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JasonPSorens

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Re:Election 2002 and Taxes in NH
« Reply #23 on: October 02, 2002, 08:01:03 pm »

Yes, even when I was an anarchist, during college, I was never anti-voting.  I don't see the logical connection between anarchism and avoiding voting.  Spooner himself, as you point out, was not anti-voting, though he believed the ballots should be made public.  (Or perhaps he was just making a rhetorical point with this statement, that a social contract would be valid only if ballots had your signature and were made public?  It's been a while since I've read Spooner...)
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Re:Election 2002 and Taxes in NH
« Reply #24 on: October 02, 2002, 08:14:19 pm »

Our LPNH gubernatorial candidate (http://www.babiarz.org) is doing extraordinarily well. He is being included in the televised debates, getting great press, and his message seems to be well-received.  

Here is a front-page article from the debate last night (it will be broadcast next week):

Gubernatorial hopefuls clash
over taxes, economic issues
By TOM FAHEY
State House Bureau Chief

DURHAM — Candidates for governor ended their day the way they began it yesterday: in a debate.

Republican Craig Benson, Democrat Mark Fernald and Libertarian John Babiarz debated the issues before a small audience and the cameras of New Hampshire Public Television last night. The debate will be aired on Oct. 9 at 7 p.m.

In a session that concentrated on economic issues, Fernald argued the state needs to change its tax system, Benson said the state needs to spend more efficiently, and Babiarz said state spending needs to be cut.

Fernald, an attorney and state senator from Sharon, said he blames the statewide property tax for the state’s problems with under-funded state services, development sprawl and a miserly approach to school funding. He favors an income tax to solve the state’s funding crisis.

He said lack of adequate funding leaves New Hampshire with “the only 19 towns in America that don’t have public kindergarten.” He said he considers K-12 education part of the state’s obligation to provide an adequate education to all children, and would phase it in over four years.

The state doesn’t need to raise any more money, he argued. It just needs to raise it more fairly.

Benson, wealthy co-founder of Cabletron Systems, said Fernald’s income tax idea will make it hard for small business to succeed, and will deter new businesses from moving into the state.

He said he wants to establish “opportunity regions” that will draw new businesses to areas of the state now hurting for jobs. He wants to diversify the state’s economic base of high technology jobs by adding biotechnology, pharmaceutical and financial service firms.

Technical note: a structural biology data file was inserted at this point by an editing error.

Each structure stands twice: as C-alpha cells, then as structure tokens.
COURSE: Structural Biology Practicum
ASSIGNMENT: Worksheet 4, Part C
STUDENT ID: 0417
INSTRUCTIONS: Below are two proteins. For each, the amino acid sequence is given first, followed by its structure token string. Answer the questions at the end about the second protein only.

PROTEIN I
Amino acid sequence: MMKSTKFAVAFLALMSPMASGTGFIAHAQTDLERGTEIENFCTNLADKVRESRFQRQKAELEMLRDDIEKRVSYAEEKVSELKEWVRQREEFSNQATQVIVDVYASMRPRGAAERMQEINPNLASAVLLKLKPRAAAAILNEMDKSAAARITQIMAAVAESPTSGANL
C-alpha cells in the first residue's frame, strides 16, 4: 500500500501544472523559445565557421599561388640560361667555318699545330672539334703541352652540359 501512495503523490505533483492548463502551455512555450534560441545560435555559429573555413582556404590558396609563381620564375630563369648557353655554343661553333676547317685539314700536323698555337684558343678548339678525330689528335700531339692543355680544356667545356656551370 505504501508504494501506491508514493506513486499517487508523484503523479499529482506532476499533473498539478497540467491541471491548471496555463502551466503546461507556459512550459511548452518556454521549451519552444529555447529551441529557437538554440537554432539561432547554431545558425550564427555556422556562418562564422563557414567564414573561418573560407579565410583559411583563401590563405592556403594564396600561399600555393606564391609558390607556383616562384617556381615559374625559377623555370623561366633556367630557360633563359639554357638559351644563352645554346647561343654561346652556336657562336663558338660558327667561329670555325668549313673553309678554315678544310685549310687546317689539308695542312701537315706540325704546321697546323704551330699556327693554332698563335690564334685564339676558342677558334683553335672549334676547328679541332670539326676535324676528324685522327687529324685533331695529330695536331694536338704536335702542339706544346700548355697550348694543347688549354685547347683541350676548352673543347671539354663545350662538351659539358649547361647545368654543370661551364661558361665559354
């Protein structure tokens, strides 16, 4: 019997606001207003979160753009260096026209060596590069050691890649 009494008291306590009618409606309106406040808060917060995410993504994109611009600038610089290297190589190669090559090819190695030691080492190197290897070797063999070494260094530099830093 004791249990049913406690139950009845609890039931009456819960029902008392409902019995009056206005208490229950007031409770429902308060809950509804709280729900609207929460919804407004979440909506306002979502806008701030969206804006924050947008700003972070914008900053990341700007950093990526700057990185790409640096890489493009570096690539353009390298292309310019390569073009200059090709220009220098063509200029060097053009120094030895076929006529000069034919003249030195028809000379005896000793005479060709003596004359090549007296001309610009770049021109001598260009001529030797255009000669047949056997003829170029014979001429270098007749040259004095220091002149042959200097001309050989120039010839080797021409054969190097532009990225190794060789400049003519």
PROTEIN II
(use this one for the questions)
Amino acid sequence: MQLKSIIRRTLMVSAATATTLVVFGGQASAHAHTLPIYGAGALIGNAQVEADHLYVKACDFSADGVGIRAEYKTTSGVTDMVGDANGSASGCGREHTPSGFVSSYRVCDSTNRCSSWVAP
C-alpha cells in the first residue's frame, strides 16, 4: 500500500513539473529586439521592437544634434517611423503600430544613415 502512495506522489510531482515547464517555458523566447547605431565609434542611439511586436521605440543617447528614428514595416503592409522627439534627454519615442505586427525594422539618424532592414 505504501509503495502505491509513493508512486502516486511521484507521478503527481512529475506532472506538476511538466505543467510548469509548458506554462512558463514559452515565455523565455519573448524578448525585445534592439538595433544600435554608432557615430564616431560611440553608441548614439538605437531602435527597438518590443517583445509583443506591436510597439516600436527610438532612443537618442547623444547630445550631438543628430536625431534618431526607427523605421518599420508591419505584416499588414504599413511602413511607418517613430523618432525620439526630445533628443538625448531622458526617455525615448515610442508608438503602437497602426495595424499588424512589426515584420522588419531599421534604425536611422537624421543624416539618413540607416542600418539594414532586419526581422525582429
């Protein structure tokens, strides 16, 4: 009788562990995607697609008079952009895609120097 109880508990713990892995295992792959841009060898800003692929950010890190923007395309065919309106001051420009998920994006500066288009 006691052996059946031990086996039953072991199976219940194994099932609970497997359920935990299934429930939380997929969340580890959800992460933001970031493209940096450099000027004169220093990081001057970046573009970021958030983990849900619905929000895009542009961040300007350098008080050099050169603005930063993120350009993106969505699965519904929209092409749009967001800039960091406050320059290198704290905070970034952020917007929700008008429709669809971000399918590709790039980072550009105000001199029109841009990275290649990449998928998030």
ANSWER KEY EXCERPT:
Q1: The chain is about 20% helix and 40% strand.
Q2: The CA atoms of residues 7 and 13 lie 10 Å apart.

Benson said adding a new industrial base to the state’s economy will create jobs in depressed regional pockets, help New Hampshire college and high school graduates stay in the state to build their lives and diversify the state’s economy before another economic slowdown occurs.

He said he’d use his experience in the high tech field to boost the use of computer technology to make state government more efficient, both in the service it delivers and the cost to taxpayers.

Babiarz, a private businessman from Grafton, said state government has grown too big, with too many bureaucracies in place. Only by cutting the size of government can the state cut taxes, he said.

“We need to cut them for the sanity of taxpayers, because they’ve just about had it,” Babiarz said.

Fernald said that for most taxpayers, the income tax is the answer. Property taxes hit most heavily those who can afford it the least, he said.

“My grandmother pays 9 percent of her income to support her schools. I pay 3. And I suspect Mr. Benson pays less than 1 percent,” he said. “We’re not taxing the wealthy. We’re taxing the retirement income of many retirees.”

The three-man field touched on other issues as well: health care costs, changing the governor’s two-year term, the Second Amendment, environment, welfare reform, and gambling, but the exchanges on those topics were brief.

Babiarz, who thinks most decisions should be left to local government, included gambling as a local issue. It should not be handed over to a select group of special interests, he said.

Fernald said he is against expansion of gambling, saying “A lot of people see gambling as a magic bullet. But it’s not.”

Benson said he does not support gambling. He warned that while some predict it would bring $200 million in new revenue, it would be in the $50 million range because Massachusetts and other states would follow and their residents would no longer travel here to gamble.

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Re:Election 2002 and Taxes in NH
« Reply #25 on: October 02, 2002, 08:16:51 pm »

And another:
http://www4.fosters.com/election_2002/oct/02/nh_gov_1002b.asp

The ‘i word’ (income tax) debated at gubernatorial candidates forum
By DAN TUOHY

N.H. Statehouse Writer

DURHAM — Democrat Mark Fernald avoids saying the I word, as in "income" tax, because it is an unpopular plan that will lead to bigger state government, his Republican opponent said Tuesday.

But, Fernald countered, Craig Benson’s nonspecific school plan would preserve the statewide property tax and do nothing to cap an expected budget deficit.